February 22, 2010
Chink in the armor? Nitpicking the nearly perfect? Sure. That's the point. And in a team game, the nearly perfect isn't anywhere near a guarantee to even nearly bring you a title. LeBron's been the best for years, but he was swept out of the NBA Finals in 2007, lost to the eventual champs in seven in 2008 and felled by a better Magic team last year. It's a team game, and one can only do so much.
Which is why, in the midst of yet another season for the ages, LeBron should only do so much of one thing. Perimeter jumpers. Shooting 3-pointers. Long twos, too.
Vince Grzegorek dropped the bomb last week, and it was much appreciated. "Does LeBron Take Too Many 3's?" The answer seems rather obvious. James shoots about 35 percent from long range, almost exactly the league average, yet he attempts 5.2 3-pointers a game. I recognize that in 2010, 5.2 3-pointers is closer to the norm than my 1997-ized instincts would usually tolerate, but it's still a goodly amount.
Making 35 percent of your 5.2 3-pointers a game means you're creating just a little over one point per possession. This year, 312 points for every 298 possessions. That's not what you want. The Detroit Pistons, the NBA's 25th-worst offense, score at about the same rate: 103.7 points per 100 possessions. Even as an aside, five possessions per game among the dozens that LeBron uses up, this still hurts the overall picture.
Because you only get so many looks per game. The Cavs average 91 possessions per contest, and while five out of 91 might not seem like much (especially considering that that LeBron does right for a huge chunk of those other possessions), it's still enough to hurt. And that's not even considering the scads of long 2-pointers LeBron takes.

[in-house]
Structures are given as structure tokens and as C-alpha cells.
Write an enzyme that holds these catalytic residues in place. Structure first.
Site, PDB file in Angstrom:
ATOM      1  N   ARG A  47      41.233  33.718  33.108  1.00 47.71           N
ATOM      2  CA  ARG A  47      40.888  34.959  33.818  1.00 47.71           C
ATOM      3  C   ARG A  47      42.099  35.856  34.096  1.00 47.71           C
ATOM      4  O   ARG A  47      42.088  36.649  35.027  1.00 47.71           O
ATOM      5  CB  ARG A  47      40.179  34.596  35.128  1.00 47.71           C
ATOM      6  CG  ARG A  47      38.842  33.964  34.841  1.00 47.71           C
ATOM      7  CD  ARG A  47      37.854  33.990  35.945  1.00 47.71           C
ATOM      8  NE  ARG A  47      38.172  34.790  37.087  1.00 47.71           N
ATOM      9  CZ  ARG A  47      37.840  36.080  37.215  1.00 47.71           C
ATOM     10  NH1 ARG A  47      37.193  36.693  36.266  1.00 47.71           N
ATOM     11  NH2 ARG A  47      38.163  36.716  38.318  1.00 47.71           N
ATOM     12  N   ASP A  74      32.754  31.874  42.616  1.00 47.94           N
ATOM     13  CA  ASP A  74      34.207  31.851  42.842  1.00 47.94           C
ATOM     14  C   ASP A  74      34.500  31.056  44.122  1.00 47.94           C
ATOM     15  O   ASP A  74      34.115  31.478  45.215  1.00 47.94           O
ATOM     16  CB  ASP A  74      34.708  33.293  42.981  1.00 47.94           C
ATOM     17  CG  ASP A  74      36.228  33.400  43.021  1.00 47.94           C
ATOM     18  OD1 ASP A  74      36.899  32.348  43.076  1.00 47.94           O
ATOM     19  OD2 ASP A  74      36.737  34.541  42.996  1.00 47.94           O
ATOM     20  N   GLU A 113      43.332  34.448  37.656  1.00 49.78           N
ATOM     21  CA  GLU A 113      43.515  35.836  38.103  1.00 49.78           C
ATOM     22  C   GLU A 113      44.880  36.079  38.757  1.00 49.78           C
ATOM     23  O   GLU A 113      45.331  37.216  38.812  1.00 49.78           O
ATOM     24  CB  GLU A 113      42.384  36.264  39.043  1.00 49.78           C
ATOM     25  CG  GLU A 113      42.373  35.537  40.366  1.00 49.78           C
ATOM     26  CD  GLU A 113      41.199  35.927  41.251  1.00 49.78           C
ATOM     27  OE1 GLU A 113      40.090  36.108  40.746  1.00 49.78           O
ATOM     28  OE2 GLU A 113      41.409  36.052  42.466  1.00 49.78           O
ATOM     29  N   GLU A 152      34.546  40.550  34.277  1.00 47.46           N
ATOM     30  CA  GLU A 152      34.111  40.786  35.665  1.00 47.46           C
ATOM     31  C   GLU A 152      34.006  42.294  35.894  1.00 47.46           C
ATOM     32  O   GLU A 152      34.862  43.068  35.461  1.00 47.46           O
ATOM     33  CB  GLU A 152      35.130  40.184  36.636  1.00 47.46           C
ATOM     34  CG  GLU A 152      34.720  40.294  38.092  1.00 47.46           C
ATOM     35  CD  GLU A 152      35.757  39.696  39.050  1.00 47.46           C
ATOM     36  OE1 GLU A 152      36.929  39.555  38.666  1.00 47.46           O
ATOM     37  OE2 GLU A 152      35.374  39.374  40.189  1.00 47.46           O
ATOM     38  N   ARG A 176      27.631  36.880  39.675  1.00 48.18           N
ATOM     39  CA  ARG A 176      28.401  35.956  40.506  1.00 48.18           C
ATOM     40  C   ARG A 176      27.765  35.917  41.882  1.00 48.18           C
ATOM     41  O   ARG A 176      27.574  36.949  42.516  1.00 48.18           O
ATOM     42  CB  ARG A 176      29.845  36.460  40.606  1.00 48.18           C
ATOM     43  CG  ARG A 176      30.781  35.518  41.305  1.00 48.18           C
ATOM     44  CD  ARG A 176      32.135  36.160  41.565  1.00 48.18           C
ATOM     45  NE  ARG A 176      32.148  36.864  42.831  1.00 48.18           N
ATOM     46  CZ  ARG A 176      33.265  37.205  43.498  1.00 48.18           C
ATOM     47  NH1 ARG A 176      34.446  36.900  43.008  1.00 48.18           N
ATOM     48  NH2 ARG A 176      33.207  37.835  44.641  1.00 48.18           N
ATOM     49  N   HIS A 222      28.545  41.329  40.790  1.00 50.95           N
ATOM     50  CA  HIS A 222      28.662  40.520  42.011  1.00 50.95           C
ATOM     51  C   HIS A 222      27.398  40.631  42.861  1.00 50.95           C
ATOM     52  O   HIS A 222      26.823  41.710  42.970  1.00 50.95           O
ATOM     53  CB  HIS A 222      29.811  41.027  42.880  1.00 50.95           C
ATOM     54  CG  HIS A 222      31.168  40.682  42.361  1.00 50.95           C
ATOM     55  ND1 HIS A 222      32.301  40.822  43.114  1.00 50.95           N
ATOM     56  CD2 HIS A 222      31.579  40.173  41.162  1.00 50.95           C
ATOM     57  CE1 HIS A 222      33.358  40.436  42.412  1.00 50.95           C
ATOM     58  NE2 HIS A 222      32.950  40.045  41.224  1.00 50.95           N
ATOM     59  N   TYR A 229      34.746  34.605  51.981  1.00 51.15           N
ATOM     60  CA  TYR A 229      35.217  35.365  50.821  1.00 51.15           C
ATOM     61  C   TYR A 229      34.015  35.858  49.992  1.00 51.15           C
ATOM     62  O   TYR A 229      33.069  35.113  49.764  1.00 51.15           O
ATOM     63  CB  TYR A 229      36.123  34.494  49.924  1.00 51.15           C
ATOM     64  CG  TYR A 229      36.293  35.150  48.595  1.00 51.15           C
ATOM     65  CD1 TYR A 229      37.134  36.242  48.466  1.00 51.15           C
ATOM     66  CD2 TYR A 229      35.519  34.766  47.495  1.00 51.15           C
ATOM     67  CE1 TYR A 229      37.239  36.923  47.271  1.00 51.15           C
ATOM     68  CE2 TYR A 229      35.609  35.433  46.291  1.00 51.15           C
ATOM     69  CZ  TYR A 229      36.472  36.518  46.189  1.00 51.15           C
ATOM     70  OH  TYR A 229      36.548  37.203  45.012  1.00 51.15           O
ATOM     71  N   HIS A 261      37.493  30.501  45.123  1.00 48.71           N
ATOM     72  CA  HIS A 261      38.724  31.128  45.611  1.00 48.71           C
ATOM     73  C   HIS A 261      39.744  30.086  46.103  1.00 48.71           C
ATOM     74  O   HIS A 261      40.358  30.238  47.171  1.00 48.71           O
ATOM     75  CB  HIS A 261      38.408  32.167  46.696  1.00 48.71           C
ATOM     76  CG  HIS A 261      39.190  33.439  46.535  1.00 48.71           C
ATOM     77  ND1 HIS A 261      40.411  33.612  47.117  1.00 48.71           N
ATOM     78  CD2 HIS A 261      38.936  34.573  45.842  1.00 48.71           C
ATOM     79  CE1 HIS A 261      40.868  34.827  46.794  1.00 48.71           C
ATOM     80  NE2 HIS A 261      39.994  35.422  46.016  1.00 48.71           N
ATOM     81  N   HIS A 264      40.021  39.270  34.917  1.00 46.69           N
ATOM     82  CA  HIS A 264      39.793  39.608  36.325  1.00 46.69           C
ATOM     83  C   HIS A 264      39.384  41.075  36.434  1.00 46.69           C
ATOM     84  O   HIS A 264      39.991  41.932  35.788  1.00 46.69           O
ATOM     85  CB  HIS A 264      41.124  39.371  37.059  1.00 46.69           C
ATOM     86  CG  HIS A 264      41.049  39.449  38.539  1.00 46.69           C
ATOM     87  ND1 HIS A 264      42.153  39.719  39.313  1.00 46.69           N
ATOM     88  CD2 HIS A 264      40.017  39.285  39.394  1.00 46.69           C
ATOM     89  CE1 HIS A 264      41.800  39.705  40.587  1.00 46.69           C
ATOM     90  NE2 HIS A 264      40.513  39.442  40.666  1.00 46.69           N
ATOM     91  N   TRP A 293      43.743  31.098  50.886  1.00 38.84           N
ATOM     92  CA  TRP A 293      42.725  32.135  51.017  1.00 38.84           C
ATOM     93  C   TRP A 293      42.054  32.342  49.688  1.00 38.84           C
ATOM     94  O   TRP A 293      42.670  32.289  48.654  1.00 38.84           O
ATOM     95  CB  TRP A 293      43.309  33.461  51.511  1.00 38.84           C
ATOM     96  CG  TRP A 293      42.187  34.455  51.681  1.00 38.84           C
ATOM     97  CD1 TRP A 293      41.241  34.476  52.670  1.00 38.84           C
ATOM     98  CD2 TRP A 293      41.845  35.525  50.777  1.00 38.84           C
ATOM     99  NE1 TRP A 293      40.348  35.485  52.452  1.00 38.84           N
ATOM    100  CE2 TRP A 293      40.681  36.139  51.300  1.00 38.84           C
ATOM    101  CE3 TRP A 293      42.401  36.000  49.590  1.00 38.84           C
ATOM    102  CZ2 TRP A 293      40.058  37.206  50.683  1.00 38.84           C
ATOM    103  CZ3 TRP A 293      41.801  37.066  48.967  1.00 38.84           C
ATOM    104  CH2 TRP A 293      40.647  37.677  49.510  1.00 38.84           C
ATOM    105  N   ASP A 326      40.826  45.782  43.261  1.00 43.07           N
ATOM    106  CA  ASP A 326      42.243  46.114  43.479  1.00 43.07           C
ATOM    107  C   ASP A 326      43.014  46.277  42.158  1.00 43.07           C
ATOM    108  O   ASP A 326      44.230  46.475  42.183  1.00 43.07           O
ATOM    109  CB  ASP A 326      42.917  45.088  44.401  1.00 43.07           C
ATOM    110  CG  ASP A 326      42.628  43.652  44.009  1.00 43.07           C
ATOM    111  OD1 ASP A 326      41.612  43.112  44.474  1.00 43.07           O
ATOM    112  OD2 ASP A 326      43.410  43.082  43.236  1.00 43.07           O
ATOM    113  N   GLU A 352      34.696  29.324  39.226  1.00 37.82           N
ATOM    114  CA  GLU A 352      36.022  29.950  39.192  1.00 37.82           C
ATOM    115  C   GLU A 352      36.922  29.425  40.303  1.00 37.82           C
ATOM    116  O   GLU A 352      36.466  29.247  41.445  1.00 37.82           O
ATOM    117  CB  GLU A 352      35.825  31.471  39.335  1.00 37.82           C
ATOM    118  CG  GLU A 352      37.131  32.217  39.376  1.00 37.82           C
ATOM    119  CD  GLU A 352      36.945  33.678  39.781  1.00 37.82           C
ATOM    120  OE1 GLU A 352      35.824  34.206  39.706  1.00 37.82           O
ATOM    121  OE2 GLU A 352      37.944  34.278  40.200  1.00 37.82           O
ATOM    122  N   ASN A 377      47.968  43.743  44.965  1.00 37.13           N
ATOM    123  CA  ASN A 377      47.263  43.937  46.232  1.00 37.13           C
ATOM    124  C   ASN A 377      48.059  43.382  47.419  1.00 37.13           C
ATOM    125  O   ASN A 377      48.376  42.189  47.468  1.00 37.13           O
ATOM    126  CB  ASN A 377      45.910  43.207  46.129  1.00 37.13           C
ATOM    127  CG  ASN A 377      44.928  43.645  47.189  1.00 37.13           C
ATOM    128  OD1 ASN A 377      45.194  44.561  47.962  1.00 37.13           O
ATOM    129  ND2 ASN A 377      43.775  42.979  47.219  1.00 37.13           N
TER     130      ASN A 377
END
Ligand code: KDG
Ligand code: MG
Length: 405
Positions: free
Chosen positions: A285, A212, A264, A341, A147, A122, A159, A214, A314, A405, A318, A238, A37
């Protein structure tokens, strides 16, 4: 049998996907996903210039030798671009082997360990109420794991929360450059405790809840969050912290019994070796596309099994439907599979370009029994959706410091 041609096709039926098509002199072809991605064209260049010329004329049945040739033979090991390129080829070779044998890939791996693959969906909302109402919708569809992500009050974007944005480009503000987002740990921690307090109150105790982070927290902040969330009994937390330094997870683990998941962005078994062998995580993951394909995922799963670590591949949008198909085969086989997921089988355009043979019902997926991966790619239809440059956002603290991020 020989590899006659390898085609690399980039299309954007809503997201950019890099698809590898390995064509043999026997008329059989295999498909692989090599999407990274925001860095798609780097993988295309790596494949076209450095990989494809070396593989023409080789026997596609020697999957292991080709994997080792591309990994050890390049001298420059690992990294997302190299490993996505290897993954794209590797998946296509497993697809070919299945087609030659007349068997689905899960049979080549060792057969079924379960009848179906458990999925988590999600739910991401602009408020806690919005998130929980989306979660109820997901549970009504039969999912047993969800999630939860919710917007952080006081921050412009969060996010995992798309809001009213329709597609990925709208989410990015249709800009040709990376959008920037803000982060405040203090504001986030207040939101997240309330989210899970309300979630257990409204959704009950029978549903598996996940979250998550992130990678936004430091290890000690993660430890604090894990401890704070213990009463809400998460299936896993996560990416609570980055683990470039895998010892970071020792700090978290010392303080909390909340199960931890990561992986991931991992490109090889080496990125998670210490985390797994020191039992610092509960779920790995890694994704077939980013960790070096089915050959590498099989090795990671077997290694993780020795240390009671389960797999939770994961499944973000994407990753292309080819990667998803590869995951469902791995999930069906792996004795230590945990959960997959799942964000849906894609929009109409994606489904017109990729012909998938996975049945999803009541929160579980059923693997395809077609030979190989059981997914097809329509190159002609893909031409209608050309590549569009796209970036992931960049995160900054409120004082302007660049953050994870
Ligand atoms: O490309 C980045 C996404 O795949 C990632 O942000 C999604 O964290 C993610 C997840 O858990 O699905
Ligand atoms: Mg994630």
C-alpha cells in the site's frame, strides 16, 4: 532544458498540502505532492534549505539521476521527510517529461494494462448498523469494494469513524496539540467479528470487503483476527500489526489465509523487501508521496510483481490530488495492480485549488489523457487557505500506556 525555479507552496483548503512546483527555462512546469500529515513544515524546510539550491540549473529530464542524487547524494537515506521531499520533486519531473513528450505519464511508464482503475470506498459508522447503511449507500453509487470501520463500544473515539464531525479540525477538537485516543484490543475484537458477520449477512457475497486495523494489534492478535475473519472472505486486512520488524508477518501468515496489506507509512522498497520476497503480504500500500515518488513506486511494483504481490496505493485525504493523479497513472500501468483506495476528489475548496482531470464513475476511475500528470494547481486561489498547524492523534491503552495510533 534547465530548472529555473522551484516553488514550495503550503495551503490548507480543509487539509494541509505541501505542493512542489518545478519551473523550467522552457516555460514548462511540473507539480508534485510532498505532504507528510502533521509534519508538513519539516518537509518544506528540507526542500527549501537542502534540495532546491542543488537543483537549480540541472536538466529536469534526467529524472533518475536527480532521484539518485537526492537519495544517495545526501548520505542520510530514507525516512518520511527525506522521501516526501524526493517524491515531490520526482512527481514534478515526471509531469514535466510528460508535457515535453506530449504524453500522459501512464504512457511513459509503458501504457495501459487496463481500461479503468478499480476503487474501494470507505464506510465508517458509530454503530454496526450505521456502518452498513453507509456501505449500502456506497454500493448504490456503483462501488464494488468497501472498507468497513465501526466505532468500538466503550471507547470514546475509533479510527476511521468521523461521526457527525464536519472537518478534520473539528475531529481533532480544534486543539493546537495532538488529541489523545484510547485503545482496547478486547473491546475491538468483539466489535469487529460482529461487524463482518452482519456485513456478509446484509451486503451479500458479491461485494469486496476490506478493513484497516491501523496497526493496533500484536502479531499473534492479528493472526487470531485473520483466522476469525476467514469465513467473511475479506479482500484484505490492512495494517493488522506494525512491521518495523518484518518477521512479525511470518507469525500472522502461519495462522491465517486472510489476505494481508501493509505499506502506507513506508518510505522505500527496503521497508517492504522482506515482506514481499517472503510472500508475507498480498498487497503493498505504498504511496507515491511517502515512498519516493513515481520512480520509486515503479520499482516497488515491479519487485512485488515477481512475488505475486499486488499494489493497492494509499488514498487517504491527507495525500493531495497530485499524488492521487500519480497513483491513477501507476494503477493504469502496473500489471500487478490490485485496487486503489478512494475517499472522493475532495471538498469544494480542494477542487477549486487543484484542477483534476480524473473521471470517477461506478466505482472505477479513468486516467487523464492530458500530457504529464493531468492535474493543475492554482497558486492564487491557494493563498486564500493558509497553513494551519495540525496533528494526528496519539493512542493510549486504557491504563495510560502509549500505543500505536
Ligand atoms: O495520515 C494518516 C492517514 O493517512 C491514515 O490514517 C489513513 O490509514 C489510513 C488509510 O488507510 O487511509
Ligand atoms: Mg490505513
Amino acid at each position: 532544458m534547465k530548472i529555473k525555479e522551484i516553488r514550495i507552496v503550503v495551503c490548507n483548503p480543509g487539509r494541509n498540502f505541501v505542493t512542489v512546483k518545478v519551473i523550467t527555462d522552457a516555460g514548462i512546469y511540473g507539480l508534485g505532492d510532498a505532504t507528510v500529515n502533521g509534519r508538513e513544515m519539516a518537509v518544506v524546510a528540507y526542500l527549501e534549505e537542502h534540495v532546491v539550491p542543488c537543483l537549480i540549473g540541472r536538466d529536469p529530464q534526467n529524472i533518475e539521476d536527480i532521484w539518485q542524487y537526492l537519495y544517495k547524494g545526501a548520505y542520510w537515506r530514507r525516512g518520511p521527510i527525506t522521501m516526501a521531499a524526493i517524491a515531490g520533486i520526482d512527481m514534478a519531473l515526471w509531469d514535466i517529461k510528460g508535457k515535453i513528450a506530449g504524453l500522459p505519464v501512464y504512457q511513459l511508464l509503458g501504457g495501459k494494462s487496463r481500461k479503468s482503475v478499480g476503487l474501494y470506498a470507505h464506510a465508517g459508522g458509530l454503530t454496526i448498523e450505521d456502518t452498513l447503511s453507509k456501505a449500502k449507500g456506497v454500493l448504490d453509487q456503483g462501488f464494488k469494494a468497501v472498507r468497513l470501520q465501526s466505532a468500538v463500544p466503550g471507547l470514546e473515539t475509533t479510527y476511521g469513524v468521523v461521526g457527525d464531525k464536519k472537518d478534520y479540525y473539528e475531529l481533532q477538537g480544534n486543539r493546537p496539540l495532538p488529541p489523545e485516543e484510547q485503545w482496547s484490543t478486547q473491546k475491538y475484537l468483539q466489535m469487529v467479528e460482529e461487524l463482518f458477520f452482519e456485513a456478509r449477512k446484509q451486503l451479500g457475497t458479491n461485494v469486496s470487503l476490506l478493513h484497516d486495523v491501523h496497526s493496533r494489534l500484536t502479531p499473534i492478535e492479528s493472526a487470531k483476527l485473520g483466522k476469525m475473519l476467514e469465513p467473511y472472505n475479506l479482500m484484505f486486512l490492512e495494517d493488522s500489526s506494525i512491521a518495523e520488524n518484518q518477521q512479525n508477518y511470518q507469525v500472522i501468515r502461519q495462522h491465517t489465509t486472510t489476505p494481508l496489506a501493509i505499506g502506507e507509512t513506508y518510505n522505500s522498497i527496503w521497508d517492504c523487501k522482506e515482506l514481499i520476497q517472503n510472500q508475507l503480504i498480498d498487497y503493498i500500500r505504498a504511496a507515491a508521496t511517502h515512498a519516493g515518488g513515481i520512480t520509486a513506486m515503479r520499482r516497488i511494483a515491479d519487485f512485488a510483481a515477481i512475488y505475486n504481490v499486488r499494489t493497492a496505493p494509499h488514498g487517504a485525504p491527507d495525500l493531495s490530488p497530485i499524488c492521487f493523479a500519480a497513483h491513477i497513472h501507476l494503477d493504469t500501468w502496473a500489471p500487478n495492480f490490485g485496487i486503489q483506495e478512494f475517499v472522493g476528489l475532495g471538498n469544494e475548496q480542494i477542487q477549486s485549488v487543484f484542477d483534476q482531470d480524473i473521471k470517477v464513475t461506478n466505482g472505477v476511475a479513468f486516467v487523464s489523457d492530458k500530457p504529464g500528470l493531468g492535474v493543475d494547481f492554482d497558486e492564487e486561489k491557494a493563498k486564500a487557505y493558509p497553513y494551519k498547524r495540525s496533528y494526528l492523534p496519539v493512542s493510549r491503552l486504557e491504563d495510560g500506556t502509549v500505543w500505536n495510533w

About 5.2 a game, same as the 3-pointers, at about the success rate you'd imagine (exactly 40 percent). Considering how infrequent it is that LeBron would get fouled on those shots, that's about four points scored per every five possessions. That's ... that's not good.
That's 10 points scored, on average, in these 10 possessions. That's over 10 shots a game this guy takes that aren't going to pay off for much. Is hitting 35 percent of your 3-pointers average? Sure. Is hitting 40 percent of your long twos average? Of course. But it's LeBron James(notes). Everything about him screams "farther away from average than anyone we've ever seen." And we wouldn't have a problem with this if he were taking fewer than 10.4 of these shots per game.
And though it's just one game, look at what happened in Orlando Sunday. James leads the NBA in fourth-quarter scoring, a remarkable feat considering how many blowouts the Cavaliers participate in, and yet he managed just three points in nearly nine fourth-quarter minutes against the Magic. Three assists, sure, and one of his drives resulted in a foul that wasn't called, but beyond that James is completely to blame for relying on the long jumper too many times. There's just no need, not when you're that good.
This is why Dwyane Wade(notes) is nearly as effective as James and Kobe Bryant(notes), despite the relative paucity of highlight-reel moments. Wade essentially drove his way to a title in 2006, and when he's healthy, he has a pretty awful team playing pretty average basketball down in Miami.